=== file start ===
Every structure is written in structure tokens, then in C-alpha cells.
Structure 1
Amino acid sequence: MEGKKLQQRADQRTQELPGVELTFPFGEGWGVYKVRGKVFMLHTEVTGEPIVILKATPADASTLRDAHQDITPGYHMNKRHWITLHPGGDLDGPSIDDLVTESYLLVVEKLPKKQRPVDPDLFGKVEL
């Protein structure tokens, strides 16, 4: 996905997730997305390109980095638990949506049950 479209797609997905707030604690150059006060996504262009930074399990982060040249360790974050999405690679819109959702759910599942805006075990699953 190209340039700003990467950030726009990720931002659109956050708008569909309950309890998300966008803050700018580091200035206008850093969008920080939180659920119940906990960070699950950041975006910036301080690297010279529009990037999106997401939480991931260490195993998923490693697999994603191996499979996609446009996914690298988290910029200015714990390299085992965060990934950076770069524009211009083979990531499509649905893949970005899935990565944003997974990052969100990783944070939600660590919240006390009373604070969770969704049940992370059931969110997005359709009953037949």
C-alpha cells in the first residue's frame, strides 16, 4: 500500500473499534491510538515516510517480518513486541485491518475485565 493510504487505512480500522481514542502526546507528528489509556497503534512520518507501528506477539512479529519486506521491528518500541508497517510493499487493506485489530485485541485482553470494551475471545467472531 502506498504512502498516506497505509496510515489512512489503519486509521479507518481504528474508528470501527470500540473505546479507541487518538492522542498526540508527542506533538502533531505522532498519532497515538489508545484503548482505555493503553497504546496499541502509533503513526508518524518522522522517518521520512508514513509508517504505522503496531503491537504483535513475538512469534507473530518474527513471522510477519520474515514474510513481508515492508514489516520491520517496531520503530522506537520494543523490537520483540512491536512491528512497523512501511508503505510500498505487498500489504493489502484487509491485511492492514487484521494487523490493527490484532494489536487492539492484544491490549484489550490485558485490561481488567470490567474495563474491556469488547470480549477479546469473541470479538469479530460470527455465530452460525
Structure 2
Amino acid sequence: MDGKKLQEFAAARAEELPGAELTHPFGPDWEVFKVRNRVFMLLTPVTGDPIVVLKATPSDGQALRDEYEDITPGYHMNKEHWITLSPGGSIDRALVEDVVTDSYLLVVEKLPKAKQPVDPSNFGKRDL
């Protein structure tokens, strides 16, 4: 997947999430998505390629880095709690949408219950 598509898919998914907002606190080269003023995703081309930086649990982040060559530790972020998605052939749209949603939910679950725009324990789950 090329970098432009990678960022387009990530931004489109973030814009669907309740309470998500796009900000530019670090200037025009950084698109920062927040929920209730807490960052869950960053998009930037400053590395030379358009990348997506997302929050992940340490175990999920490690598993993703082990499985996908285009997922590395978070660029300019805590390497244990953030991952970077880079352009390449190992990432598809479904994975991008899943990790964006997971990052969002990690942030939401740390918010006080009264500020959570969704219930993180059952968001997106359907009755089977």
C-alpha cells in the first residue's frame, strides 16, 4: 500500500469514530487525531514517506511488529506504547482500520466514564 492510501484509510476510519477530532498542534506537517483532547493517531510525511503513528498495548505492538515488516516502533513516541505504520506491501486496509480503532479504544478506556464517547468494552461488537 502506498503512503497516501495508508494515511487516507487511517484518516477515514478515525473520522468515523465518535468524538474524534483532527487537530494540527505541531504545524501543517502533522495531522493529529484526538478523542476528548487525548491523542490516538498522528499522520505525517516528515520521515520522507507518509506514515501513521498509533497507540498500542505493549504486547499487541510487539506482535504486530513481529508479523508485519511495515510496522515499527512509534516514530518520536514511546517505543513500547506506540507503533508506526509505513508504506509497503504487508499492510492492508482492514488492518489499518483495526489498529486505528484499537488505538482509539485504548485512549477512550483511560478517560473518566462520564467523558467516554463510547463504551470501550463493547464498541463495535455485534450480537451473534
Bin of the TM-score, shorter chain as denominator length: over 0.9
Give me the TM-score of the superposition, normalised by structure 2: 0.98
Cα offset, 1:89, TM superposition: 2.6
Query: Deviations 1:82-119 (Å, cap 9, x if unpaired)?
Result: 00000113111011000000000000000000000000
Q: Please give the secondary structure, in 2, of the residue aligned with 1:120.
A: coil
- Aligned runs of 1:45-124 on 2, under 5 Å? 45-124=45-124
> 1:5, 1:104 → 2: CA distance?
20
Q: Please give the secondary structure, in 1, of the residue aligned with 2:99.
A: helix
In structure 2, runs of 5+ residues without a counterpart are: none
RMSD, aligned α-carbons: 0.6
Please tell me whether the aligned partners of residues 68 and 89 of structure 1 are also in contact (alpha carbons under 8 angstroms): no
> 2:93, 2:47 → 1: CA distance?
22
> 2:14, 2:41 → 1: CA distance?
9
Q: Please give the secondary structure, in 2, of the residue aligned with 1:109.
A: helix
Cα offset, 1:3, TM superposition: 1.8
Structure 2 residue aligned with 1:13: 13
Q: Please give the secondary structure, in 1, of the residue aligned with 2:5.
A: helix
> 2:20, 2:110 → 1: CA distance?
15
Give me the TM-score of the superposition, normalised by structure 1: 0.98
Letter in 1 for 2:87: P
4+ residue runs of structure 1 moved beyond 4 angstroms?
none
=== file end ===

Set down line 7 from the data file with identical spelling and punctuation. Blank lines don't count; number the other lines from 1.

Amino acid sequence: MDGKKLQEFAAARAEELPGAELTHPFGPDWEVFKVRNRVFMLLTPVTGDPIVVLKATPSDGQALRDEYEDITPGYHMNKEHWITLSPGGSIDRALVEDVVTDSYLLVVEKLPKAKQPVDPSNFGKRDL